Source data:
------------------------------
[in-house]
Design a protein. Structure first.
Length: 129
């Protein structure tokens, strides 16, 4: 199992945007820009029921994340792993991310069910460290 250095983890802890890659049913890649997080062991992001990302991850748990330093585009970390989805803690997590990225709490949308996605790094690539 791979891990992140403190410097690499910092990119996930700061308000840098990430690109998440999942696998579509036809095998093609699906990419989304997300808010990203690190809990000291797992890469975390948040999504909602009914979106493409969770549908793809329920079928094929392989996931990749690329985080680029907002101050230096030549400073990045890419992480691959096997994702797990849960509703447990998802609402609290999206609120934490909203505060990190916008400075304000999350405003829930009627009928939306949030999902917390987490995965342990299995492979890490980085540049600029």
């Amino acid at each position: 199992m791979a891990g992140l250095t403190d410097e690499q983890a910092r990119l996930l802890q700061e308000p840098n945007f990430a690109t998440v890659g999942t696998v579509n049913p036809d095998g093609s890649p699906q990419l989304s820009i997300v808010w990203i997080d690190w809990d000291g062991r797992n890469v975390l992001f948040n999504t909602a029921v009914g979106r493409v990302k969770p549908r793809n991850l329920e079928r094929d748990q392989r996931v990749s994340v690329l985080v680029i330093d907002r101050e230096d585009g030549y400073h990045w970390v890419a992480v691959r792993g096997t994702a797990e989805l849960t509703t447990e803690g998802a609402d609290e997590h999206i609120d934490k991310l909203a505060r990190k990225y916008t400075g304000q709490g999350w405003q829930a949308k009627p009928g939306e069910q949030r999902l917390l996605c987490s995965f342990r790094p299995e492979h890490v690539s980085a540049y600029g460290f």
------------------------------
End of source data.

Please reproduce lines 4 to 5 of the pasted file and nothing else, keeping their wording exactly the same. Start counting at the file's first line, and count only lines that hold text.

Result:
């Protein structure tokens, strides 16, 4: 199992945007820009029921994340792993991310069910460290 250095983890802890890659049913890649997080062991992001990302991850748990330093585009970390989805803690997590990225709490949308996605790094690539 791979891990992140403190410097690499910092990119996930700061308000840098990430690109998440999942696998579509036809095998093609699906990419989304997300808010990203690190809990000291797992890469975390948040999504909602009914979106493409969770549908793809329920079928094929392989996931990749690329985080680029907002101050230096030549400073990045890419992480691959096997994702797990849960509703447990998802609402609290999206609120934490909203505060990190916008400075304000999350405003829930009627009928939306949030999902917390987490995965342990299995492979890490980085540049600029």
């Amino acid at each position: 199992m791979a891990g992140l250095t403190d410097e690499q983890a910092r990119l996930l802890q700061e308000p840098n945007f990430a690109t998440v890659g999942t696998v579509n049913p036809d095998g093609s890649p699906q990419l989304s820009i997300v808010w990203i997080d690190w809990d000291g062991r797992n890469v975390l992001f948040n999504t909602a029921v009914g979106r493409v990302k969770p549908r793809n991850l329920e079928r094929d748990q392989r996931v990749s994340v690329l985080v680029i330093d907002r101050e230096d585009g030549y400073h990045w970390v890419a992480v691959r792993g096997t994702a797990e989805l849960t509703t447990e803690g998802a609402d609290e997590h999206i609120d934490k991310l909203a505060r990190k990225y916008t400075g304000q709490g999350w405003q829930a949308k009627p009928g939306e069910q949030r999902l917390l996605c987490s995965f342990r790094p299995e492979h890490v690539s980085a540049y600029g460290f």